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Sorry to Disappoint

December 10, 2009

Since I have a kindergartner, I am now a school volunteer. I have been down to Lily’s class twice and it’s very interesting. Even though I have probably spent more time in Kindergarten in the last few years than any other parent, and am therefore quite conversant with the curriculum and activities. But I do enjoy observing the class routine, watching the interaction of her teacher with the students, and getting to know the students that Lily talks about.

One of my concerns with my kids at school outside of the city was that I didn’t want them to grow up being the only black kid in the class. That is a major reason I live in this district that directly abuts the city and therefore has a more similar population than suburbs a little further out. At orientation I noticed another black girl in Lily’s class and the first time I went to volunteer, I was struck at how similar they look: nearly identical skin tone, tall, same kind of hair, and even twin ponytails. My guess is that lots of people at the school had a hard time keeping those girls straight.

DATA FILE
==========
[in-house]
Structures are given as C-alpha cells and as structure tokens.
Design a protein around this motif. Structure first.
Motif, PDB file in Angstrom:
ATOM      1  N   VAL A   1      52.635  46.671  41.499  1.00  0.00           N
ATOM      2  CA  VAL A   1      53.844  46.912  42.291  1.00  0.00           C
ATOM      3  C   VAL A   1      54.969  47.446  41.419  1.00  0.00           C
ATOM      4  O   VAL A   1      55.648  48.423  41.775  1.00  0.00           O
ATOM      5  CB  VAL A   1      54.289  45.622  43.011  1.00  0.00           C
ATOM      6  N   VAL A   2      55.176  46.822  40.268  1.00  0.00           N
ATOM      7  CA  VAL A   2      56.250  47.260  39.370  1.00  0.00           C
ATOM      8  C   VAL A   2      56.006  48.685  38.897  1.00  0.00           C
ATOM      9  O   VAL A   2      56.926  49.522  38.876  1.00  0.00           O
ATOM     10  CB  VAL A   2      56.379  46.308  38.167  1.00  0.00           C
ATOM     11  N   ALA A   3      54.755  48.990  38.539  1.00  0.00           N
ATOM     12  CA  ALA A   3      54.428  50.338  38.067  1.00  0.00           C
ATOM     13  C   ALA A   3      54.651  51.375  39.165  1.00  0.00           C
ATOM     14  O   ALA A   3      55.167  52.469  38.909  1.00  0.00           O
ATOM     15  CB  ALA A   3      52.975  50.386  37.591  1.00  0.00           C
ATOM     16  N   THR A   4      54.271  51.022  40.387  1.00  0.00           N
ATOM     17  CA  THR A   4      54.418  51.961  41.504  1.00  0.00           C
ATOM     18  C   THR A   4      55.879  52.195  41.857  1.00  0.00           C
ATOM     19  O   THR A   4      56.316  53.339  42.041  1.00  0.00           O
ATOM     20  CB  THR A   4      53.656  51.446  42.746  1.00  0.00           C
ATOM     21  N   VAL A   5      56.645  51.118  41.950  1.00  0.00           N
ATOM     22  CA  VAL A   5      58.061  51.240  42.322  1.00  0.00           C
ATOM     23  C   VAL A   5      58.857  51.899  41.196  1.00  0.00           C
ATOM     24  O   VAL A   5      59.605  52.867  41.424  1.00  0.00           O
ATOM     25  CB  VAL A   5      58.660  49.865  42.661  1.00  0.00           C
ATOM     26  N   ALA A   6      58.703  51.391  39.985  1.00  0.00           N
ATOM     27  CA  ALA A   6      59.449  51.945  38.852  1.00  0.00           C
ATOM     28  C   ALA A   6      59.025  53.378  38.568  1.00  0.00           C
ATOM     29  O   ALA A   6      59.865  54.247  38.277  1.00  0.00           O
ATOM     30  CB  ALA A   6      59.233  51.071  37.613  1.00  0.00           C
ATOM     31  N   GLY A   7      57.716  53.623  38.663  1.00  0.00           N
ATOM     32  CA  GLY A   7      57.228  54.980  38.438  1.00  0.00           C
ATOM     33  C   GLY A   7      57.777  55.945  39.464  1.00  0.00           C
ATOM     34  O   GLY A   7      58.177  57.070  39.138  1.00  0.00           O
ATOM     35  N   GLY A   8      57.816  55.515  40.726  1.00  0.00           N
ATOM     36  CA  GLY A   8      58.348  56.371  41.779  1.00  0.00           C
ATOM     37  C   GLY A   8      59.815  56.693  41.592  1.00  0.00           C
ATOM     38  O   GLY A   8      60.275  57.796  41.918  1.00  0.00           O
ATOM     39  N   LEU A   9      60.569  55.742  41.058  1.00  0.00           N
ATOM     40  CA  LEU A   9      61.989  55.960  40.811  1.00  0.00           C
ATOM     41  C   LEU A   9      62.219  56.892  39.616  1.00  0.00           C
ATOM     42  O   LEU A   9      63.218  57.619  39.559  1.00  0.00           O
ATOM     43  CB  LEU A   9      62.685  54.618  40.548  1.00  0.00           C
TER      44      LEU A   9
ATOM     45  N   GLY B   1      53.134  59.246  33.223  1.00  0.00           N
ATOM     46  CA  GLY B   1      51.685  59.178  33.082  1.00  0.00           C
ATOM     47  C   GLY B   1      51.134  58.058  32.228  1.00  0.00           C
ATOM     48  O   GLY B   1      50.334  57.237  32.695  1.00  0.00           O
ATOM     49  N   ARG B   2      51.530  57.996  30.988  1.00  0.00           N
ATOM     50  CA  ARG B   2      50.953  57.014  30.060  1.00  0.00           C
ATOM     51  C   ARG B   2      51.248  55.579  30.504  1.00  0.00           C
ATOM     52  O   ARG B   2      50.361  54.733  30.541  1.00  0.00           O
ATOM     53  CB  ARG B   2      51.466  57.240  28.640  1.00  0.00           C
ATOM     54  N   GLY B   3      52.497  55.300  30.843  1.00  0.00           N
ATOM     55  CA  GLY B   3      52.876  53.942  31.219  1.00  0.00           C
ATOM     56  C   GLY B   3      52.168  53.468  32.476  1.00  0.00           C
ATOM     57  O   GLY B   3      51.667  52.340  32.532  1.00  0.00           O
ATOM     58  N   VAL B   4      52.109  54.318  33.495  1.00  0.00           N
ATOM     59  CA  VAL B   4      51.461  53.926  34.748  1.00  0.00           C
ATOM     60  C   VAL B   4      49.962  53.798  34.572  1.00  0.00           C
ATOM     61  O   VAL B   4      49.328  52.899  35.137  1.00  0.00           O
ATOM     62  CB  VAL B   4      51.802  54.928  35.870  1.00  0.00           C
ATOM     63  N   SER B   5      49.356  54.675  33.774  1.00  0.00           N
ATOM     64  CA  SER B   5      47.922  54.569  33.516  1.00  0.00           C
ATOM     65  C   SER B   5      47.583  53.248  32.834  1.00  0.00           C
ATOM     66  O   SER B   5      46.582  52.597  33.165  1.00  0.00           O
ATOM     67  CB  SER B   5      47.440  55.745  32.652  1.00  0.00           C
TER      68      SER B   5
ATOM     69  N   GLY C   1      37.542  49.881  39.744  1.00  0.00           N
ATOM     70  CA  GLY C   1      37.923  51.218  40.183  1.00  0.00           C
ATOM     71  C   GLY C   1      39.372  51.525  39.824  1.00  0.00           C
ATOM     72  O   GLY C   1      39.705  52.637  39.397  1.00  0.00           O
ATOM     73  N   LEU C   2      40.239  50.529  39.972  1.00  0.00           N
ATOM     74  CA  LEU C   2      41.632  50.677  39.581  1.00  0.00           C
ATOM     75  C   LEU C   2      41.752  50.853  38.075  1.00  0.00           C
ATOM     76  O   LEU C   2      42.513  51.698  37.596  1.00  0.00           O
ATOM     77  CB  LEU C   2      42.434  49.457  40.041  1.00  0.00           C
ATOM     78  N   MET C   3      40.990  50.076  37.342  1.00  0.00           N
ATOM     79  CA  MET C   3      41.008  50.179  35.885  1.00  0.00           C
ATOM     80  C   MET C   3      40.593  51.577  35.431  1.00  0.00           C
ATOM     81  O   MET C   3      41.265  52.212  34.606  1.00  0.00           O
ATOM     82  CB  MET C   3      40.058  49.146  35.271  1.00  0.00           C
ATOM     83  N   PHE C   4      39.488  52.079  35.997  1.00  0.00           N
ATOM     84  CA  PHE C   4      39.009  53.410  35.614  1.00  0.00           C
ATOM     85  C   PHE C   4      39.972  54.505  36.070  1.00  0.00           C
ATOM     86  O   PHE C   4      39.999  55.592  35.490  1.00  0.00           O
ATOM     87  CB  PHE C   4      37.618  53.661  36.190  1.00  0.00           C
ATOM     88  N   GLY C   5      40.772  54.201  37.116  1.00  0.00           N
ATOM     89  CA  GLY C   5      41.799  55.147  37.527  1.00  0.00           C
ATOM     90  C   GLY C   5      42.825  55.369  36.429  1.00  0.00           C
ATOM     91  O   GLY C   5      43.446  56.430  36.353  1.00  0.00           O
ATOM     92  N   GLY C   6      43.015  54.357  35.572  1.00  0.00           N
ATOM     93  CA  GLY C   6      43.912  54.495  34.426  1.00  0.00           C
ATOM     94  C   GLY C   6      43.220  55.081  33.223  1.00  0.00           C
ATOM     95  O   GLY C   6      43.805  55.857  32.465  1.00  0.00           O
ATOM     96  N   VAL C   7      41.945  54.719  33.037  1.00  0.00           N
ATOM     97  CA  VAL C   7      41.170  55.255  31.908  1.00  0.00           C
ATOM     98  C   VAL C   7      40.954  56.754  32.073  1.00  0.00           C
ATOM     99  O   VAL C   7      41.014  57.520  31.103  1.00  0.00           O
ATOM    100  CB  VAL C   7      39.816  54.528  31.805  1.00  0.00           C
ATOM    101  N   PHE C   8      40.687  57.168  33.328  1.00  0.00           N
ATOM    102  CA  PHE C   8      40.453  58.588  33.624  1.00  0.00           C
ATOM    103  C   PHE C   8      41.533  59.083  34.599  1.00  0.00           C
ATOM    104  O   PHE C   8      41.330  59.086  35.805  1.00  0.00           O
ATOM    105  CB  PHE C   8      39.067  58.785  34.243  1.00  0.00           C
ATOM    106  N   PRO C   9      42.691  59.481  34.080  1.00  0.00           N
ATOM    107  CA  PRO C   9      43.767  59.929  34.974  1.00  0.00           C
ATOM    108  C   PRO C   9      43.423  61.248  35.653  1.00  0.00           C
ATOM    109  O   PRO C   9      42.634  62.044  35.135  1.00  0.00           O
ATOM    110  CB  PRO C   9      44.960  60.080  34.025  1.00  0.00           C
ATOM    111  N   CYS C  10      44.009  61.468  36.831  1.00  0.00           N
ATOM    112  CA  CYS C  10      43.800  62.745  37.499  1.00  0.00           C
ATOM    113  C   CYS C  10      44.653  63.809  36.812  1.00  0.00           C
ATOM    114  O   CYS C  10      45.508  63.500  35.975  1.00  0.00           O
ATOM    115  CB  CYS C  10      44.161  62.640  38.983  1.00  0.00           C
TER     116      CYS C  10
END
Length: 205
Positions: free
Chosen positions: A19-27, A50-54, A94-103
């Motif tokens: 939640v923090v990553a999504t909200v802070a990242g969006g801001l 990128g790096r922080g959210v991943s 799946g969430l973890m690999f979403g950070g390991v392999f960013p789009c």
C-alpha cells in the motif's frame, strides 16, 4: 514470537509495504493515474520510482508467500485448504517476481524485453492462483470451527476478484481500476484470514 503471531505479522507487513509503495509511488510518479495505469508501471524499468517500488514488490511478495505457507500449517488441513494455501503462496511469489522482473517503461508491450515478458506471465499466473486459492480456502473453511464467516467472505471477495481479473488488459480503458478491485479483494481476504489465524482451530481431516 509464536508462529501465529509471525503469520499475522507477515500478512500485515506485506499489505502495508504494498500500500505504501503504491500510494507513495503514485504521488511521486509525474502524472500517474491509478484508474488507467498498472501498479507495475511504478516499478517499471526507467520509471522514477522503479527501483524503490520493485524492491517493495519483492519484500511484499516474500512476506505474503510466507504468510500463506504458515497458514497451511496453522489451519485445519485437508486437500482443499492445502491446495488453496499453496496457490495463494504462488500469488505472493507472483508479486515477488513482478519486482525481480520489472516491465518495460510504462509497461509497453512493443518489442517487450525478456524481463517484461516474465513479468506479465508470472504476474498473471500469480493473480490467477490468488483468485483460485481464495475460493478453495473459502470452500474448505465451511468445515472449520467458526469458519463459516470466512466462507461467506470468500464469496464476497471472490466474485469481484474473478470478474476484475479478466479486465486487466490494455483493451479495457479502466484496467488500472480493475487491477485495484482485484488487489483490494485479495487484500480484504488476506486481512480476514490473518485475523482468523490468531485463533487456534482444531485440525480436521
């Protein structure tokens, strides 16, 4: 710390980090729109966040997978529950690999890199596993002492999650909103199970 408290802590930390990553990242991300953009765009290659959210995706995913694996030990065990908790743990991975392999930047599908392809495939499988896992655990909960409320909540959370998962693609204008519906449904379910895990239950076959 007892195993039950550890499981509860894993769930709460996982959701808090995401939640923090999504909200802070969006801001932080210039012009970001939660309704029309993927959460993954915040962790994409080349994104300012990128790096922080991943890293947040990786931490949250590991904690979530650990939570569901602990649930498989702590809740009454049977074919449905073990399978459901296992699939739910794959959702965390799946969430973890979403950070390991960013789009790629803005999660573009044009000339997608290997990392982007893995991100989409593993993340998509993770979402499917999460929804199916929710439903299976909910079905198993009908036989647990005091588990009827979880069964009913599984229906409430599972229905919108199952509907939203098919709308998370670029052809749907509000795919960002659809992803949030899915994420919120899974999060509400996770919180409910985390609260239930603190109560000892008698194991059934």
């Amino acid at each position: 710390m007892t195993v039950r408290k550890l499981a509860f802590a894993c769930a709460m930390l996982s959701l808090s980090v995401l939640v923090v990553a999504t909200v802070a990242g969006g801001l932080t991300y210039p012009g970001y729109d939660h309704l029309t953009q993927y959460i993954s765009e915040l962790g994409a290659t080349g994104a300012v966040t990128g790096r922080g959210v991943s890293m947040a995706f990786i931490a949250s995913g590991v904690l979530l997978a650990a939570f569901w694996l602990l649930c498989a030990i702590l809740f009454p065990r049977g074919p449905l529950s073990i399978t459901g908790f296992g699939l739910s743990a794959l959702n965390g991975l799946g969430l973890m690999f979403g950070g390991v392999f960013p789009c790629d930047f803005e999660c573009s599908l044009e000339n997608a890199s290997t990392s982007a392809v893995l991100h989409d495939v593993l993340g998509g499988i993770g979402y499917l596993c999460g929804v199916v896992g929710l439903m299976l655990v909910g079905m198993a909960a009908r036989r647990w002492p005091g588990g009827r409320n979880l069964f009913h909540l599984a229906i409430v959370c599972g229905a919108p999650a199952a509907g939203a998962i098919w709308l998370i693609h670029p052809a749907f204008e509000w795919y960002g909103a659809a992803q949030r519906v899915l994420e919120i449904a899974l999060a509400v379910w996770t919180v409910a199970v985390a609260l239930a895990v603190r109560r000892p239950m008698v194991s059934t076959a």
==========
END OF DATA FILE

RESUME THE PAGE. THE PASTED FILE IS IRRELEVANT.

That first day, all the kids in the class rotated through my station and we chit-chatted as they worked on the project there. The thought had crossed my mind that some of the kids in the class might be surprised that Lily’s mom looks like me, but I was surprised when the only person who seemed taken aback was that other little black girl.

“Are you Lily’s mom?”
Careful studying of my face, presumably to tell if I was lying. Then, “But you’re supposed to be brown!”
“Well, I’m not,” and then we carried on with the work.

Yesterday, I was back. This time, the girl came and sat down at my table and got right to work. I figured she had accepted me for what I am. Not so fast.

“You should be brown.”
“Well, I’m not. Moms come in all colors.”
Another girl at the table pipes up, “My mom is orange.”
The first girl wants the conversation back, though. “You should be brown. Kids should match their moms.”
So I ask, “Is your mom brown?” (I know I saw the mom at orientation, but I don’t remember).
“No. But she will be. She says she is going to be brown soon and I am going to be brown when I am a mom.”

At this point, I am very confused. One mom is orange and another is apparently changing colors. Oh well. Kindergarten is eye-opening.

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